A specialized area of practice, jewelery Design requires a high level of artistic ability, a deep sense of craftsmanship and an understanding of jewelry making processes. Traditionally this meant wax sculpting, soldering, weaving, bending and stone setting, but now digital transformation allows designers to quickly iterate, test and refine designs before taking them to the shop floor for physical fabrication. 3D printers are also enabling new ways of working such as rapid prototyping, try-on models and investment casting.
The first step to designing a piece of jewelry is to find inspiration. Whether this comes from browsing the internet or shopping at local jewelry stores, take note of the shapes, textures and materials you are drawn to. Once you have a collection of ideas, it is time to start sketching. Try to stick with a basic outline, as this will give you structure while still leaving room for creative expression.
For gemstone-based jewelry, the primary focus is often to showcase the gem itself. The free spirited form of the stone may dictate the styling, but even in these cases, the designer will usually strive for simplicity to allow the gem to take center stage.
Depending on the size and value of a project, a jewelry designer might choose to work with a team or be self-employed. Those who work with a team often have the additional help of a jewelry maker or apprentice to assist in creating a prototype.
While a post-secondary degree isn’t an absolute requirement to enter the field, earning one can open doors and provide entry-level workers with a competitive edge in the job market. Many post-secondary programs specialize in jewelry design and offer a wide variety of course offerings. Community and technical colleges are also an option for students looking to pursue a diploma.
Most jewellery designers work in a workshop at a jewelry store, repair shop or factory. They spend most of their time at a bench surrounded by the tools they need to do their job. Many jewelry designers also have a desk with a computer equipped with CAD software and other programs used in the design process.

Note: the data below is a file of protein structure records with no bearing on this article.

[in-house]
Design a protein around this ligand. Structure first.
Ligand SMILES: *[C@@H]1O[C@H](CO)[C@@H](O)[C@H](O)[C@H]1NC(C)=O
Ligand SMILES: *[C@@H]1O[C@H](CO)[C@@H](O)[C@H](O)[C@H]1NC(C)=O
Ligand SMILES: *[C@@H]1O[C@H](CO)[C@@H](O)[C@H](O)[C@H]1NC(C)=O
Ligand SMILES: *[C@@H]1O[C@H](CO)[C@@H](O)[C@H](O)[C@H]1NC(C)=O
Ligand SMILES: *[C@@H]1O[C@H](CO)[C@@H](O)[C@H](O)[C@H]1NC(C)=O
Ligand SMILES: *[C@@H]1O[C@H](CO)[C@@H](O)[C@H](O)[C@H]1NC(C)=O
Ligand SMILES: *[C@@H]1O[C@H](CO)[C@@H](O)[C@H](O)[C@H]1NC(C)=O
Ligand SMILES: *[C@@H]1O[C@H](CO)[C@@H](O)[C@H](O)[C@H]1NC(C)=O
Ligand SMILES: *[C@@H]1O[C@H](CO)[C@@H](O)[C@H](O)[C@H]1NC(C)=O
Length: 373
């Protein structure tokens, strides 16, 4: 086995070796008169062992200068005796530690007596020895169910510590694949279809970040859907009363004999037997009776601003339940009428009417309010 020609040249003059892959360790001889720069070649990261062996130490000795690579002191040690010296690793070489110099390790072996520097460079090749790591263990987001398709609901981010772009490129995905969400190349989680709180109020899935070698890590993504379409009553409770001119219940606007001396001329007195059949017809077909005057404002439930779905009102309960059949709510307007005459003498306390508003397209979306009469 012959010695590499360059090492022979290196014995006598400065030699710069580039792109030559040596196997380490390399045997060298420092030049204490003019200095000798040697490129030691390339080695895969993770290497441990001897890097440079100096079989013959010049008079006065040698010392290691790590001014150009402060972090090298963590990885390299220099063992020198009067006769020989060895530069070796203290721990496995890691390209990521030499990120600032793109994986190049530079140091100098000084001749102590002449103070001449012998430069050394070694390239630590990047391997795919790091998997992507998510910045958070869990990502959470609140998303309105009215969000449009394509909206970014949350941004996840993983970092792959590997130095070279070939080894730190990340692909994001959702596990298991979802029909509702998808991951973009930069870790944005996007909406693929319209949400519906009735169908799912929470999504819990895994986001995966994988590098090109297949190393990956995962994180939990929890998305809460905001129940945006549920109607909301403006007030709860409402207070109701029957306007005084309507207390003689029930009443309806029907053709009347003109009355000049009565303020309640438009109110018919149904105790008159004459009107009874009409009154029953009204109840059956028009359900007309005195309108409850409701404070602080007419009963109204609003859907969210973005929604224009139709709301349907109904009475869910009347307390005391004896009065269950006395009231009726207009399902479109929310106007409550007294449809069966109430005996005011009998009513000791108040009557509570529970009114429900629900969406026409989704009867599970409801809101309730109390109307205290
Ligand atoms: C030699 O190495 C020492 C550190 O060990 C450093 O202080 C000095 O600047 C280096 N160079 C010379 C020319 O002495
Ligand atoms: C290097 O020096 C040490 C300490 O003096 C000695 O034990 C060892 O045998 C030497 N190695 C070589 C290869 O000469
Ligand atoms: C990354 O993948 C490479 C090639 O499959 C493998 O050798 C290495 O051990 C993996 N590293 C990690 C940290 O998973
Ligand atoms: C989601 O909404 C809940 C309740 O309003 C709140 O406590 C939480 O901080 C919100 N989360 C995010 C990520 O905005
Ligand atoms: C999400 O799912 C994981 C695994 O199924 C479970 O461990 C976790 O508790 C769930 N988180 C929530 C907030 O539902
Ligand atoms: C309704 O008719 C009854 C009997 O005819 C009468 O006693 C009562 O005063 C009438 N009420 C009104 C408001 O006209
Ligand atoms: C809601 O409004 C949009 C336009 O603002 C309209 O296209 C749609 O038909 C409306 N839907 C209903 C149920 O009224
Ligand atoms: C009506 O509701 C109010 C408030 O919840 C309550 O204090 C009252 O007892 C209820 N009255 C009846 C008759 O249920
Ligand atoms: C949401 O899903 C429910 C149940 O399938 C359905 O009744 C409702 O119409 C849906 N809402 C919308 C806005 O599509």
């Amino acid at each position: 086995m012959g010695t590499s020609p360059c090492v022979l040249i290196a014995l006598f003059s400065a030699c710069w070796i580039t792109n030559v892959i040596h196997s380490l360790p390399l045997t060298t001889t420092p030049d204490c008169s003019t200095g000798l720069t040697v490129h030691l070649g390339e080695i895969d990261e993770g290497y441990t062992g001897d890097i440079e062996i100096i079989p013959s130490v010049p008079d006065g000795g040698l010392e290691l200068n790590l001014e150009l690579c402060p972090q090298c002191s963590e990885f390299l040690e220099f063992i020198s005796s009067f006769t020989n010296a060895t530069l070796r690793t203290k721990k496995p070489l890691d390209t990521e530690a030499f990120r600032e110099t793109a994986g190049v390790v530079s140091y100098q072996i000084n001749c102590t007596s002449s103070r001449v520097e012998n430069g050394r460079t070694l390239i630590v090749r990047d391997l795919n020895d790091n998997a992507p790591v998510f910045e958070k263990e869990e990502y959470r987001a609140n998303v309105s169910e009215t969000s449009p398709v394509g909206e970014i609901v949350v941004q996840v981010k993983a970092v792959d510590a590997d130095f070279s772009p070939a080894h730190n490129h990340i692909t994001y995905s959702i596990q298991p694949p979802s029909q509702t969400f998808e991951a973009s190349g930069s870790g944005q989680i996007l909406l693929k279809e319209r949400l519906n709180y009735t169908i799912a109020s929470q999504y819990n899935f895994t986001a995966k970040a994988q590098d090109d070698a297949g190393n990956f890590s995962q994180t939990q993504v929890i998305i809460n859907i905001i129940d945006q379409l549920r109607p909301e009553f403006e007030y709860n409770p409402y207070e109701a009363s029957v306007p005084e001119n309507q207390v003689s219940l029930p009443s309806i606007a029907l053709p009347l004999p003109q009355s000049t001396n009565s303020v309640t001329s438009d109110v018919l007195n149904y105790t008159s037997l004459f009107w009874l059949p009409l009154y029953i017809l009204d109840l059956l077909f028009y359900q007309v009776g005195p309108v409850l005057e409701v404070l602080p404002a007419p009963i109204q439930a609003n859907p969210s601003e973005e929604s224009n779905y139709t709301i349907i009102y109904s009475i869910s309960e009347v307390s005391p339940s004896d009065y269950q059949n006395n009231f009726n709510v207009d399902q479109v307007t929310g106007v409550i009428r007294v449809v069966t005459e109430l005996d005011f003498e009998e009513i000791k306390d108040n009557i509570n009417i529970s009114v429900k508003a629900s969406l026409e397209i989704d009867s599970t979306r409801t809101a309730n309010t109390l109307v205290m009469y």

A good starting point for beginners is a free in-browser CAD solution like TinkerCAD which provides users with the ability to create, model and modify geometry. More advanced users should look into a commercial 3D design solution like 3Design or Firestorm which come with specific jewelry design wizards and libraries of gems and base models. Alternatively, a plugin-cladded version of Rhinoceros or the generative design tool Grasshopper will also enable sophisticated sculpting and modeling functionality.
For most projects, it is essential to get the initial design right. Using a stereolithography 3D printer such as Formlabs Grey Resin is the perfect way to realize quick iterations and ensure the aesthetics of a design are correct before investing in tooling or production. Having a prototype at hand also enables consultative client sessions where the customer can try on a design and determine if it is “just right.” Once a design has been finalized, 3D printing offers a fast turnaround for prototypes that can be delivered to the consumer in under a week.